In a recent Podcast with The Director’s Cut, Ron Howard spoke to Jeremy Kagan about the relationships he builds with his collaborators, and the impact these relationships have on a film. He describes the mutual and respectful relationship he aims to develop with both his first assistant director and the cinematographer, stating that both the…
In a recent podcast with The Director’s Guild, Ava Duvernay sat down to discuss her tips of the trade on being an effective director.
Ava’s biggest piece of advice is to know yourself as a director, including your limitations as a director. Knowing what you are and are not capable of creates a more effective production environment. It’s also deeply important to be confident as a director. However, it’s equally important to be able to listen to the ideas of those around you. Duverney went as far as to call the input a director gets from the people around them as gifts.
She also emphasized how important it is to view all three stages of production as a process. A director needs to build a film brick by brick, and it’s critical to surround yourself with a cast and crew that you trust.
Ava’s last key of advice was to train yourself in multiple areas of film and to be able to work in various forms of filmmaking. You never know what’s going to happen, and it’s always best to be able to adapt if need be.
Listen to Ava Duvernay’s podcast with The Director’s Guild Here
Synopsis Broke, alone and facing foreclosure on his business, 90-year-old horticulturist Earl Stone takes a job as a drug courier for a Mexican cartel. His immediate success leads to easy money and a larger shipment that soon draws the attention of hard-charging DEA agent Colin Bates. When Earl’s past mistakes start to weigh heavily on…
Synopsis Jodie Foster stars as Clarice Starling, a top student at the FBI’s training academy. Jack Crawford (Scott Glenn) wants Clarice to interview Dr. Hannibal Lecter (Anthony Hopkins), a brilliant psychiatrist who is also a violent psychopath, serving life behind bars for various acts of murder and cannibalism. Crawford believes that Lecter may have insight…
Synopsis In the years before the Civil War, Solomon Northup (Chiwetel Ejiofor), a free black man from upstate New York, is kidnapped and sold into slavery in the South. Subjected to the cruelty of one malevolent owner (Michael Fassbender), he also finds unexpected kindness from another, as he struggles continually to survive and maintain some…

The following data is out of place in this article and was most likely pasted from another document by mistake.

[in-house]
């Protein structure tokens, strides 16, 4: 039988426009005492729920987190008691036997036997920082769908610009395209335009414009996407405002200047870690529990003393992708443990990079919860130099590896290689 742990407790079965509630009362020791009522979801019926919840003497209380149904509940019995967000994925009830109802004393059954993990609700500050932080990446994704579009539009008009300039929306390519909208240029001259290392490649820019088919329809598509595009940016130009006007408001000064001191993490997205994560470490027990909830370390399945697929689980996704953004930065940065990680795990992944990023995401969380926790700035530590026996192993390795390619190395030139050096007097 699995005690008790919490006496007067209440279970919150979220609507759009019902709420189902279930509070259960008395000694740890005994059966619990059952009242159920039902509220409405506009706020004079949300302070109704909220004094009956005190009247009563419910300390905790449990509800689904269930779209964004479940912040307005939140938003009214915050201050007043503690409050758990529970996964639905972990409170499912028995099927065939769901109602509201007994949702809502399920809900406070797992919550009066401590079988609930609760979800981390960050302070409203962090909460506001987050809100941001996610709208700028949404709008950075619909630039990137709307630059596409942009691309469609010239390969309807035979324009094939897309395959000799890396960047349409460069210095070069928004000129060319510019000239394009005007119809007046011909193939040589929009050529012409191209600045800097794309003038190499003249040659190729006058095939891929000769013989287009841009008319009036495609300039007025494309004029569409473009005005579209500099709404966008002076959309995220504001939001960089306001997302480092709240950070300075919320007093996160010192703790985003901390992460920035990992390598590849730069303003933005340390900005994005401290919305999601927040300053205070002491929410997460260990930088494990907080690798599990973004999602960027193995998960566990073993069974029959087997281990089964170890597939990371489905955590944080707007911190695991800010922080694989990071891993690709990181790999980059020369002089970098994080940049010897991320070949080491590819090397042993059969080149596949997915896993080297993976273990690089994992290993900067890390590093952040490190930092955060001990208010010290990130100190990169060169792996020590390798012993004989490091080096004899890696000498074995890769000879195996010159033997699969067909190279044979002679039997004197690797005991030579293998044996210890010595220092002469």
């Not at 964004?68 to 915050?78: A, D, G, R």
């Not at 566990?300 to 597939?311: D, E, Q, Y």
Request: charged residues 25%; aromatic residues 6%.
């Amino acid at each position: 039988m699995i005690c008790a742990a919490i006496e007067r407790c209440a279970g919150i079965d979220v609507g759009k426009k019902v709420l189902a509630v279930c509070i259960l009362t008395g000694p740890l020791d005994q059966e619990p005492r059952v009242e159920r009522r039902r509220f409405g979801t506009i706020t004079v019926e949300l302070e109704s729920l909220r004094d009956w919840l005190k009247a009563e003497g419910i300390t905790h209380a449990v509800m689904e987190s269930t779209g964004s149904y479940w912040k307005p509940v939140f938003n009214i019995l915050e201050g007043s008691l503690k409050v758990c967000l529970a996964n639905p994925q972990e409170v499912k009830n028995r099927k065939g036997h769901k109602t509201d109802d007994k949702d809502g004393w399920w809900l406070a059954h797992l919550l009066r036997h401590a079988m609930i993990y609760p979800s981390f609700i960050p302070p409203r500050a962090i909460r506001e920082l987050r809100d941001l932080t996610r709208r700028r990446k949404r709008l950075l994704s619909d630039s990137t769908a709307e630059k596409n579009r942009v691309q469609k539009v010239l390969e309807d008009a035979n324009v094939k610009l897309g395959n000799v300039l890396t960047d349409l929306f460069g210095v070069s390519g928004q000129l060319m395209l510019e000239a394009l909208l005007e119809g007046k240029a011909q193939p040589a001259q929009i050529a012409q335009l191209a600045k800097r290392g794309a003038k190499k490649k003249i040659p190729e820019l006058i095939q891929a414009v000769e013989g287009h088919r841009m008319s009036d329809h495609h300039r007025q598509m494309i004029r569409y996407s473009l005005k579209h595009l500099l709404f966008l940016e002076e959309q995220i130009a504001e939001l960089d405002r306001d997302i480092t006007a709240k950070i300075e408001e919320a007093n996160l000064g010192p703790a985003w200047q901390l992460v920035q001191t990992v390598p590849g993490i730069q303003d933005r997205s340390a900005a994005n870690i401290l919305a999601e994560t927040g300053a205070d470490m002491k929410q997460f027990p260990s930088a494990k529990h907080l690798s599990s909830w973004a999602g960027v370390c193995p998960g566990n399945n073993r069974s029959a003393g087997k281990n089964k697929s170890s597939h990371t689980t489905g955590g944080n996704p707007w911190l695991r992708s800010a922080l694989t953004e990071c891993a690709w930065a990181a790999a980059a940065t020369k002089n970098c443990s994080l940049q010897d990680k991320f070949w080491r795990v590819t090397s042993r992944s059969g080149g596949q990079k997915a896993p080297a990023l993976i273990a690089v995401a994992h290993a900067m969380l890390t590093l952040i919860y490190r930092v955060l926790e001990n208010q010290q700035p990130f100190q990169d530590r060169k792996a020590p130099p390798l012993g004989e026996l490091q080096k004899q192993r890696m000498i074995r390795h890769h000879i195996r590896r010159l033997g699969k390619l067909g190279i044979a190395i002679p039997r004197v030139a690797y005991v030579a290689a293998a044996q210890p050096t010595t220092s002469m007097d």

In a recent podcast with Film Riot, American actor, director, and filmmaker Justin Baldoni revealed his secrets to telling a meaningful story. The director discussed how his latest films were inspired by real-life and how he allows the story of those around him to motivate him creatively. Everybody has a story to tell, and so much of filmmaking is simply listening and watching the stories of everyday life unfold around you.
Justin’s new film “Clouds” is now available for streaming on Disney+. He went on to explain the film’s long process to be made, and how the film was inspired by real life. Justin had a long-standing relationship with Zach Sobiech, a 17-year-old dealing with osteosarcoma. Justin promised Zach he would tell his story one day, and now the film is finally done being brought to life.
Baldoni also expressed that everything he knows about the film came from working on film sets and learning as he went. Acting on film sets was his means of college education, and he asked questions whenever he could and learned from watching the filmmaking process around him. Always be watching and listening to those around you. You never know when an inspirational story will appear before your eyes.
Check out Justin Baldoni’s full podcast with Film Riot Here
With the world being such a crazy place right now, I have definitely found myself watching more movies recently. So I decided to compile a list of a few of my favorite films I have watched this summer so far, along with a few films I find gravitating toward every summer. 1. Dirty Dancing (1987)…
Synopsis With the occasion all but overshadowed by her sister’s upcoming wedding, angst-ridden Samantha (Molly Ringwald) faces her 16th birthday with typical adolescent dread. Samantha pines for studly older boy Jake (Michael Schoeffling), but worries that her chastity will be a turnoff for the popular senior. Meanwhile, Samantha must constantly rebuff the affections of nerdy…
Synopsis Baby (Jennifer Grey) is one listless summer away from the Peace Corps. Hoping to enjoy her youth while it lasts, she’s disappointed when her summer plans deposit her at a sleepy resort in the Catskills with her parents. Her luck turns around, however, when the resort’s dance instructor, Johnny (Patrick Swayze), enlists Baby as…